Black-Asian Solidarity Necessary to Fight Racism
A 65-year-old Filipino woman was kicked, stomped and subjected to anti-Asian statements by a man in New York City. A 59-year old Korean woman was punched in the face repeatedly by a group of young women yelling racial slurs in Houston. A 25-year-old Asian mother and her baby were spat on three times, then called the “Chinese virus” in Queens, N.Y.
These violent, vile anti-Asian hate crimes in March are only some of many recorded since the beginning of the COVID-19 pandemic. Hate crimes against Asian Americans rose 145 percent in 16 of the largest U.S. cities in 2020, according to a study by the Center for the Study of Hate & Extremism at California State University, San Bernardino.
The initial spike in anti-Asian hate crimes occured in March, amidst a wave of racial bias and COVID-19-related stereotyping facing Asian Americans and Black Lives Matter protests. This has resulted in collective mourning and constant fear.
Solidarity between Black and Asian communities is critical in dismantling the root of racial injustices—white supremacy—and promoting equity and equality for people of color.
Black Americans have had historically high rates of hate crimes, which are often underreported. For instance, law enforcement agencies reported 2,314, or 48.4 percent, of hate crime offenses were motivated by anti-Black bias in 2019, according to the FBI UCR.
In a report, 3,795 anti-Asian hate-crime incidents were received by Stop AAPI Hate, a nonprofit organization, between March 19, 2020, to February 28, 2021. It is imperative to recognize the recent rise in violence is partly attributed to former President Donald Trump’s racist language, frequently referring to COVID-19 as the “Chinese virus” and “Kung Flu.”
Although Black and Asian communities experience racism uniquely, there have been some shared histories. Racial terror lynching in America largely targeted thousands of Black people but was not exclusive to them. The 1871 Chinese Massacre, for example, amassed 17 Chinese residents lynched by a mob in Los Angeles.
Black and Asian power relations have sustained a structural gap, with prevailing anti-Black racism and anti-Asian hate existing in each community. Since World War II, the racist “Model Minority” myth served as a wedge between Black and Asian communities in attempts to quell the racial justice movements of the 1960s and ‘70s like the Black Power Movement.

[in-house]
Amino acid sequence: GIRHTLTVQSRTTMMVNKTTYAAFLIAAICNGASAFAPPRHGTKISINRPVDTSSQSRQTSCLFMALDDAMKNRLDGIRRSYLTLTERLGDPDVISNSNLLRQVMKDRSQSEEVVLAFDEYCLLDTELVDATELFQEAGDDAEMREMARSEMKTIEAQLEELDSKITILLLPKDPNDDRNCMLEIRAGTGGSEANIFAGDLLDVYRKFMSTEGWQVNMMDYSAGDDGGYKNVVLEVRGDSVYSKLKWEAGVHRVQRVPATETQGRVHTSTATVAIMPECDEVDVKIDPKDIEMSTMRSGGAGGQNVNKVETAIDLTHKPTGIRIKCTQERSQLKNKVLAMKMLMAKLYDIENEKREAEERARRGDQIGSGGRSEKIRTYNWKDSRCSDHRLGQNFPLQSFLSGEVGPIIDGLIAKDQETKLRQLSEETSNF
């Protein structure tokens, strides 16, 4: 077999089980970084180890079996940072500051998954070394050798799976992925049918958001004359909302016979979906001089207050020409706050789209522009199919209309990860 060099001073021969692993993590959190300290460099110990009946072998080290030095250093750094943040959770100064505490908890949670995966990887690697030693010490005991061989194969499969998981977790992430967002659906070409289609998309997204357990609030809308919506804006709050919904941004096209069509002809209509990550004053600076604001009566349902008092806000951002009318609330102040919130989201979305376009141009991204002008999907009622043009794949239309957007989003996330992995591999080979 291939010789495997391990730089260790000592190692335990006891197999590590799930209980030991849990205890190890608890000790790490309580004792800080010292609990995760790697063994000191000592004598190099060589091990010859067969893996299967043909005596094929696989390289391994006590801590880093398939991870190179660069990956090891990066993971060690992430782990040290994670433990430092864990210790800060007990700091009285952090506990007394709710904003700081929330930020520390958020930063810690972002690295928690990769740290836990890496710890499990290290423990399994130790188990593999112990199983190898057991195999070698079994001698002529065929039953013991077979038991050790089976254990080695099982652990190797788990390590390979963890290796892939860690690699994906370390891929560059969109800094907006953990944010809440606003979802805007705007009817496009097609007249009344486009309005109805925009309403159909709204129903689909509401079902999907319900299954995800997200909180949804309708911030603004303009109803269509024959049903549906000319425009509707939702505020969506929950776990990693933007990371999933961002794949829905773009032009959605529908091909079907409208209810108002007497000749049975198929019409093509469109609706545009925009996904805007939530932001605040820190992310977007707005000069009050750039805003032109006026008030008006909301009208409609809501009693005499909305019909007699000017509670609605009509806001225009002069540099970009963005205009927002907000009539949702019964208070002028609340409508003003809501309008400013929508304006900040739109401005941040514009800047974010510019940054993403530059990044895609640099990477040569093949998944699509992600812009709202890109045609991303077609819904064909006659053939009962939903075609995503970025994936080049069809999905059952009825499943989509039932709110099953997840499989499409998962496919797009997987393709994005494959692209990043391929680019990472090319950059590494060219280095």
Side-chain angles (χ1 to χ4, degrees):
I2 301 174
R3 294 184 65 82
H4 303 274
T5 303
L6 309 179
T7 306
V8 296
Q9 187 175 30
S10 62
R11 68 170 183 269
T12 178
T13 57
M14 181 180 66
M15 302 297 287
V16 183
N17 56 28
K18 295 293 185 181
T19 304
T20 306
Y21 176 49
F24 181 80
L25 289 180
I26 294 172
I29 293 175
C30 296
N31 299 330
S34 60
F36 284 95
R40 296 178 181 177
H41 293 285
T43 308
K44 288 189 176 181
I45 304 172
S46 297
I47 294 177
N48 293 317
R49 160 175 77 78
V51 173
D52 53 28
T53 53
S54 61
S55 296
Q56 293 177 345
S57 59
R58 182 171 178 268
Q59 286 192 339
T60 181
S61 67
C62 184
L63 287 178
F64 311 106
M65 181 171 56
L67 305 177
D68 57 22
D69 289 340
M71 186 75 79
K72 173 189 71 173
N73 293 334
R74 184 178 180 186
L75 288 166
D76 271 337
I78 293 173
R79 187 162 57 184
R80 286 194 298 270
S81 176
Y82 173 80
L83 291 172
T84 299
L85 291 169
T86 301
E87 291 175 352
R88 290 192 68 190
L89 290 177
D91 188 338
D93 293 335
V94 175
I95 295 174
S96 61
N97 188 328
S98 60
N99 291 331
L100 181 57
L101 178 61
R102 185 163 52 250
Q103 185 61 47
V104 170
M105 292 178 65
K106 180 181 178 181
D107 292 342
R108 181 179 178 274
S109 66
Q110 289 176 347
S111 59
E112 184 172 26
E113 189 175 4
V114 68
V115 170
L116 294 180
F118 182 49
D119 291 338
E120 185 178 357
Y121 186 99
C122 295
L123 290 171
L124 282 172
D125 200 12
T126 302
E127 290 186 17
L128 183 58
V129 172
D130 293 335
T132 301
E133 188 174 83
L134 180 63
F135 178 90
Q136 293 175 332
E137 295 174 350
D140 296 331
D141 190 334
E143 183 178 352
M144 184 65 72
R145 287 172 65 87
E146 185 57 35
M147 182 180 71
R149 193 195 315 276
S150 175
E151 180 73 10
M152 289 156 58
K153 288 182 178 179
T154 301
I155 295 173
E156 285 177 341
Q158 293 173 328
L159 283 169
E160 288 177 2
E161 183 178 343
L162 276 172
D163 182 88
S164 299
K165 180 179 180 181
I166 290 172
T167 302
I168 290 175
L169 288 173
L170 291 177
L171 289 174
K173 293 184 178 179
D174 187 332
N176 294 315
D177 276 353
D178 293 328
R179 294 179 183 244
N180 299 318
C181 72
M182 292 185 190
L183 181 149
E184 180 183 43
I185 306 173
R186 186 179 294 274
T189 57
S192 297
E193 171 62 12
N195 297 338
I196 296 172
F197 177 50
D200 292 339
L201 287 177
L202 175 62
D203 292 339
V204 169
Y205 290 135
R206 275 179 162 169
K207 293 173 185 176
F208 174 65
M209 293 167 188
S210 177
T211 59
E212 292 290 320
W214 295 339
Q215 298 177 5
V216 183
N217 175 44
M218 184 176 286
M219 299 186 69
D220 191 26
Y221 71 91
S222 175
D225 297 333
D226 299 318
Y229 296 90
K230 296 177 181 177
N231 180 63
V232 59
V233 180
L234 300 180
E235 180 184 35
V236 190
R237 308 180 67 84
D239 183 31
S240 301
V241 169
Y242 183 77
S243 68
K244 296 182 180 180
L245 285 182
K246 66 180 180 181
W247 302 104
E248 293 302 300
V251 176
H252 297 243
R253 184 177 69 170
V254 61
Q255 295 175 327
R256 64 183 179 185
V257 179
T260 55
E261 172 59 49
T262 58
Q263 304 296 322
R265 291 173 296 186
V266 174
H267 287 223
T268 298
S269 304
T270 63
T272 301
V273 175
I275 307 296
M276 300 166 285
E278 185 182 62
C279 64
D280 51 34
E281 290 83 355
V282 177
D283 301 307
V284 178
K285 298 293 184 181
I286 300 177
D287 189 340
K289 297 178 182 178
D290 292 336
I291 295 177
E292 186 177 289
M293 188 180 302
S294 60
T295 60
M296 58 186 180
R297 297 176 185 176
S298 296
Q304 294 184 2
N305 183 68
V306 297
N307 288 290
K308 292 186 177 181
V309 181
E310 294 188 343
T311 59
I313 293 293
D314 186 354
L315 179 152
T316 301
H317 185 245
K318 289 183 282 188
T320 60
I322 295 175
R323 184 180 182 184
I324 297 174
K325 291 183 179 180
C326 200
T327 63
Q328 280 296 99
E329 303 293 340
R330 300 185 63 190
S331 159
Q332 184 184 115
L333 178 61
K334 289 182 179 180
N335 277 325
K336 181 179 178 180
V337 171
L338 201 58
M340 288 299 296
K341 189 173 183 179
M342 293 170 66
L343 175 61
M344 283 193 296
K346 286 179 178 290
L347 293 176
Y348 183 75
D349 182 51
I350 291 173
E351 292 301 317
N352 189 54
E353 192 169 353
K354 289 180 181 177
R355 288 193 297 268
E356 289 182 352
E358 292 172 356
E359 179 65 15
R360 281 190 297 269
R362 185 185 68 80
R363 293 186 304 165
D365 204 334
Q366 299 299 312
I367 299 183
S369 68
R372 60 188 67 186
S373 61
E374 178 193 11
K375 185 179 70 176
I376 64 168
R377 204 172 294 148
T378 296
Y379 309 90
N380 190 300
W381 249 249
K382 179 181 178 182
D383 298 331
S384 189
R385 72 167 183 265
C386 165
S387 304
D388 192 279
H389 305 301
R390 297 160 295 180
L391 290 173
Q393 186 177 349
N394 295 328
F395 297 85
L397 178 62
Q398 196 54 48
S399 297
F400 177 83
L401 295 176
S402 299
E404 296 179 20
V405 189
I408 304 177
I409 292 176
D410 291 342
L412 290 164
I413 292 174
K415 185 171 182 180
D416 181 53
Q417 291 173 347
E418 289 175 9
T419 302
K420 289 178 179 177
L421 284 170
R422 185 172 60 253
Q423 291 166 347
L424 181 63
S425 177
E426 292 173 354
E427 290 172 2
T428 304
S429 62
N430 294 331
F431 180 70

The “Model Minority” myth has been used as a direct counterpoint to the “welfare” queen stereotype and empower anti-Blackness while minimizing the effects of racism of Asian Americans and enhancing their perceived success and law-abiding nature as a whole.
PATH TO SOLIDARITY
The interracial movement against white supremacy is at threat of crumbling from within. Without morally acknowledging the differences in treatment toward Asian people and their complicity in anti-Blackness, Asian Americans cannot expect an influx of Black-Asian allyship.
From the 1882 Chinese Exclusion Act, which banned Chinese immigrants from citizenship, to today, Asian American communities have experienced resurgences in racial discrimination. However, this greatly differs from the centuries of enslavement and systemic, structural and institutional dehumanization Black communities have continuously endured.
Members of the Asian and Black communities have cooperated on social justice efforts since the 1960s, but this is the exception to decades of silence and racial resentment.
The historical trope of Black-Asian conflict remains but must be denounced. This is divisive and relies on the trope of Black criminality to further suppress Black people and fuel anti-Asian hate.
Restorative justice in America is not the role of one community but of all citizens. Last summer, I protested for racial justice alongside Asian American peers, which is key to setting the foundation of racial solidarity. Black and Asian communities need to recognize a shared goal against white supremacy, not each other, in the fight for equality.
Lauren Pickett, senior, is the In-Depth Editor for the MHS Messenger. This is her second full year on staff. Also, Lauren participates in two other activities:...
Emilia Foley, junior, is an Illustrator for the Marquette Messenger. This will be her first full year on staff. Outside of news production, Emmie is an...